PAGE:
"Two-thirds of non-Hispanic whites (67%) say illegal immigrants should be allowed to stay in the country legally, while 31% say they should not. Four-in-ten whites say people in the United States illegally should have the chance to apply for citizenship if they meet certain requirements.
"Among whites with no college degree, 61% favor allowing those in the U.S. illegally to stay legally, while 37% disagree. There is more support among white college graduates for permitting illegal immigrants to stay in the country legally (81% say they should, while just 17% say they should not). . . . "
Hugo Balta, Fox News Latino: Rep. Young, "Wetback" Has Always Been Used in the Same Way
Esther J. Cepeda, Washington Post Writers Group: Staying together to get ahead
Ruben Rosario, Pioneer Press, St. Paul, Minn.: He wants grandma's citizenship restored
Seth Freed Wessler, Colorlines: Immigration Reform May Throw Siblings Under the Bus
"Is there a leadership crisis in black America? A new poll suggests African-Americans think so," David A. Love wrote Wednesday for the Grio.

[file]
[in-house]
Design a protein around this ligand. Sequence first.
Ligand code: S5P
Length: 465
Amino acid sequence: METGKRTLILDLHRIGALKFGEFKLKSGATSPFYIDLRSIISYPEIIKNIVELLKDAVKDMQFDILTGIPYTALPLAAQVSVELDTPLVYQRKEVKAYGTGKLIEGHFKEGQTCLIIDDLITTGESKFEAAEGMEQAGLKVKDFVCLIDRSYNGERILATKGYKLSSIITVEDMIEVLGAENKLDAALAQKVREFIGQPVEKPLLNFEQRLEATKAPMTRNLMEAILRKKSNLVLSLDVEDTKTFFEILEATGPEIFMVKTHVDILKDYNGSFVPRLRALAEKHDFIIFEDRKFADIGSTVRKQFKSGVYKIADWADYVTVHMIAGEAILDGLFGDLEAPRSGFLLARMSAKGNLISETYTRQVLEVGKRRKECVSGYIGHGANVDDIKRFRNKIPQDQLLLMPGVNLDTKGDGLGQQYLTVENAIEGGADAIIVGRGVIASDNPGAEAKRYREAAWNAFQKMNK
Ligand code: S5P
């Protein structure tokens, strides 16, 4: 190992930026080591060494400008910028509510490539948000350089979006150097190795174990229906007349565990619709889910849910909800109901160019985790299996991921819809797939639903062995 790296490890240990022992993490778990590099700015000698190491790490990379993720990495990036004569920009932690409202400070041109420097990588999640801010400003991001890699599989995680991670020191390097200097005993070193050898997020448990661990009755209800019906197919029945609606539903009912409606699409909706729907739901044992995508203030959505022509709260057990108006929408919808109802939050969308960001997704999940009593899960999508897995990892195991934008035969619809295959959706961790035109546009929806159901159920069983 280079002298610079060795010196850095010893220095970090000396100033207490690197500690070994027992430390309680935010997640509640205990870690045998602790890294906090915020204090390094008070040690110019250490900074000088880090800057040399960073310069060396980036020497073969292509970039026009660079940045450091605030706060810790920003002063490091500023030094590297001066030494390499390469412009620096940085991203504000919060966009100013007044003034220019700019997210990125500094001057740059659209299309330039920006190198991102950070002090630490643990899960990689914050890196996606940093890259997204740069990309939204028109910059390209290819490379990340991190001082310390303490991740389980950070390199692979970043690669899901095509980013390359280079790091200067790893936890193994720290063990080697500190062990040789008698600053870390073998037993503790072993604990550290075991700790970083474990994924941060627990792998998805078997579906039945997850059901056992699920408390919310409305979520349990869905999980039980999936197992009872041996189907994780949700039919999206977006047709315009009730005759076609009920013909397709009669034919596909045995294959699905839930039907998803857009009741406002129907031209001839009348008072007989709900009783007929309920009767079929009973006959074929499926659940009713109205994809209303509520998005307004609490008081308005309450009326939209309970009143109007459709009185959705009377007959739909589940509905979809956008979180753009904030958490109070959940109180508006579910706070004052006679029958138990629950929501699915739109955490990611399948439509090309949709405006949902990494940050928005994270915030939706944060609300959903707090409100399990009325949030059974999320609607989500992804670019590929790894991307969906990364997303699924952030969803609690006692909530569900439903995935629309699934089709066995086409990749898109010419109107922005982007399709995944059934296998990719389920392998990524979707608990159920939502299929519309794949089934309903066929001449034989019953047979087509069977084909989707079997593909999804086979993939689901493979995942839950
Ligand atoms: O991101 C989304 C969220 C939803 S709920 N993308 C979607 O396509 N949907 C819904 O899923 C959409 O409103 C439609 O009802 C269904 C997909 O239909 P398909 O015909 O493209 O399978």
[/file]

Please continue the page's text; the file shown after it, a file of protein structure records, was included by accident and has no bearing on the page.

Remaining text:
"The poll was commissioned by BET founder Robert L. Johnson, also the chairman of The RLJ Companies, and was released by Zogby Analytics. And the results are shocking.
"According to the online survey of 1,002 African-Americans, when asked the question 'Which of the following speaks for you most often?' 40 percent said that no one speaks for them, while 24 percent said the Reverend Al Sharpton of the National Action Network and MSNBC speaks for black people, and 11 percent said the Reverend Jesse Jackson of Rainbow PUSH.
"Meanwhile, 9 percent of black respondents named Congresswoman Maxine Waters (D-CA), 8 percent said NAACP President and CEO Ben Jealous speaks for them, and 5 percent mentioned Assistant Democratic Leader, Congressman James E. Clyburn (D-SC). Marc H. Morial, President and CEO of the National Urban League, and former Republican National Committee Chairman Michael Steele each received 2 percent. . . ."
Earl Ofari Hutchinson, syndicated: Black America doesn't lack leaders: Poll shows 24 percent say Sharpton speaks for them